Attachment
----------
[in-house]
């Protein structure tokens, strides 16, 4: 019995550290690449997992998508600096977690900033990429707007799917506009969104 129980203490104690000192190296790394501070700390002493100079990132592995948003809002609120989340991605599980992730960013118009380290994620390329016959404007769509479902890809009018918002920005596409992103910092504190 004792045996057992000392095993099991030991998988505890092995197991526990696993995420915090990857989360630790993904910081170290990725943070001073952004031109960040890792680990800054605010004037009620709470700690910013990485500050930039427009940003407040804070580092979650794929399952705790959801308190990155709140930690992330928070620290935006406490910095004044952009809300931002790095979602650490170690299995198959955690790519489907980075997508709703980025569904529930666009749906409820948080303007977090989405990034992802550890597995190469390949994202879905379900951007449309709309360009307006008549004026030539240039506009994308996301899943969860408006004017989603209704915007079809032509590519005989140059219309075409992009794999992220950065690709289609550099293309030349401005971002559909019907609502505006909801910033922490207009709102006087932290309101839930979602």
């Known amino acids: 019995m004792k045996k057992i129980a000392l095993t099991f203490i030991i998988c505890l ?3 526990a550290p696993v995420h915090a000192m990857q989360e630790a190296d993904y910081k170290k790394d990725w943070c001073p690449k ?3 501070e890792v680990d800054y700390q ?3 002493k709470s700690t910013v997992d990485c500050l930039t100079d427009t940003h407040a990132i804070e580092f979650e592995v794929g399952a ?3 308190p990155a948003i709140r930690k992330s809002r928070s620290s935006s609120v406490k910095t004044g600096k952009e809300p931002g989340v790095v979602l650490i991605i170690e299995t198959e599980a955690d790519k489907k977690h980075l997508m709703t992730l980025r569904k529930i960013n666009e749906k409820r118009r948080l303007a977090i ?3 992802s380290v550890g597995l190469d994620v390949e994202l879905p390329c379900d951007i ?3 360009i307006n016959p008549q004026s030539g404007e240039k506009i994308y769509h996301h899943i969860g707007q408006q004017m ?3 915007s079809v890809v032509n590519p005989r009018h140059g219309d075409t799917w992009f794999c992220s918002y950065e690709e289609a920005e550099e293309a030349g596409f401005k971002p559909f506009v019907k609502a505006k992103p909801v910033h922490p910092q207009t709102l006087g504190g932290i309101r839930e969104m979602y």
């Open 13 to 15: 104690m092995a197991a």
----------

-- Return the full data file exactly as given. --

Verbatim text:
[in-house]
């Protein structure tokens, strides 16, 4: 019995550290690449997992998508600096977690900033990429707007799917506009969104 129980203490104690000192190296790394501070700390002493100079990132592995948003809002609120989340991605599980992730960013118009380290994620390329016959404007769509479902890809009018918002920005596409992103910092504190 004792045996057992000392095993099991030991998988505890092995197991526990696993995420915090990857989360630790993904910081170290990725943070001073952004031109960040890792680990800054605010004037009620709470700690910013990485500050930039427009940003407040804070580092979650794929399952705790959801308190990155709140930690992330928070620290935006406490910095004044952009809300931002790095979602650490170690299995198959955690790519489907980075997508709703980025569904529930666009749906409820948080303007977090989405990034992802550890597995190469390949994202879905379900951007449309709309360009307006008549004026030539240039506009994308996301899943969860408006004017989603209704915007079809032509590519005989140059219309075409992009794999992220950065690709289609550099293309030349401005971002559909019907609502505006909801910033922490207009709102006087932290309101839930979602």
């Known amino acids: 019995m004792k045996k057992i129980a000392l095993t099991f203490i030991i998988c505890l ?3 526990a550290p696993v995420h915090a000192m990857q989360e630790a190296d993904y910081k170290k790394d990725w943070c001073p690449k ?3 501070e890792v680990d800054y700390q ?3 002493k709470s700690t910013v997992d990485c500050l930039t100079d427009t940003h407040a990132i804070e580092f979650e592995v794929g399952a ?3 308190p990155a948003i709140r930690k992330s809002r928070s620290s935006s609120v406490k910095t004044g600096k952009e809300p931002g989340v790095v979602l650490i991605i170690e299995t198959e599980a955690d790519k489907k977690h980075l997508m709703t992730l980025r569904k529930i960013n666009e749906k409820r118009r948080l303007a977090i ?3 992802s380290v550890g597995l190469d994620v390949e994202l879905p390329c379900d951007i ?3 360009i307006n016959p008549q004026s030539g404007e240039k506009i994308y769509h996301h899943i969860g707007q408006q004017m ?3 915007s079809v890809v032509n590519p005989r009018h140059g219309d075409t799917w992009f794999c992220s918002y950065e690709e289609a920005e550099e293309a030349g596409f401005k971002p559909f506009v019907k609502a505006k992103p909801v910033h922490p910092q207009t709102l006087g504190g932290i309101r839930e969104m979602y």
């Open 13 to 15: 104690m092995a197991a």